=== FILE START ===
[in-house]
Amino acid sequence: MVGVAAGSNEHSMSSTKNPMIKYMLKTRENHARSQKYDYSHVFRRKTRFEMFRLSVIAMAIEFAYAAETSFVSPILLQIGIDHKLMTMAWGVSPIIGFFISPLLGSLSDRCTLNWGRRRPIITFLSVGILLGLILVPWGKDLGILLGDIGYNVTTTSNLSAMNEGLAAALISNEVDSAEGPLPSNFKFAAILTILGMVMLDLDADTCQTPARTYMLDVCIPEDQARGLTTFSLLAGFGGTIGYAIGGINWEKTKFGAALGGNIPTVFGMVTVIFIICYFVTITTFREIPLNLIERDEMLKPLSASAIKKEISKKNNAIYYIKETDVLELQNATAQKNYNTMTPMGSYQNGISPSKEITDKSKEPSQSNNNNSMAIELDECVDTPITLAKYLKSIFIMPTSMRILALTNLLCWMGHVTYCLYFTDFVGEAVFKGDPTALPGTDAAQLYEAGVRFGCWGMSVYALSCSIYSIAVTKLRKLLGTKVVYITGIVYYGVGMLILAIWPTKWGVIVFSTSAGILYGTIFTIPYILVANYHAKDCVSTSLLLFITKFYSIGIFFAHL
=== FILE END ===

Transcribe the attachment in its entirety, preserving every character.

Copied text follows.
[in-house]
Amino acid sequence: MVGVAAGSNEHSMSSTKNPMIKYMLKTRENHARSQKYDYSHVFRRKTRFEMFRLSVIAMAIEFAYAAETSFVSPILLQIGIDHKLMTMAWGVSPIIGFFISPLLGSLSDRCTLNWGRRRPIITFLSVGILLGLILVPWGKDLGILLGDIGYNVTTTSNLSAMNEGLAAALISNEVDSAEGPLPSNFKFAAILTILGMVMLDLDADTCQTPARTYMLDVCIPEDQARGLTTFSLLAGFGGTIGYAIGGINWEKTKFGAALGGNIPTVFGMVTVIFIICYFVTITTFREIPLNLIERDEMLKPLSASAIKKEISKKNNAIYYIKETDVLELQNATAQKNYNTMTPMGSYQNGISPSKEITDKSKEPSQSNNNNSMAIELDECVDTPITLAKYLKSIFIMPTSMRILALTNLLCWMGHVTYCLYFTDFVGEAVFKGDPTALPGTDAAQLYEAGVRFGCWGMSVYALSCSIYSIAVTKLRKLLGTKVVYITGIVYYGVGMLILAIWPTKWGVIVFSTSAGILYGTIFTIPYILVANYHAKDCVSTSLLLFITKFYSIGIFFAHL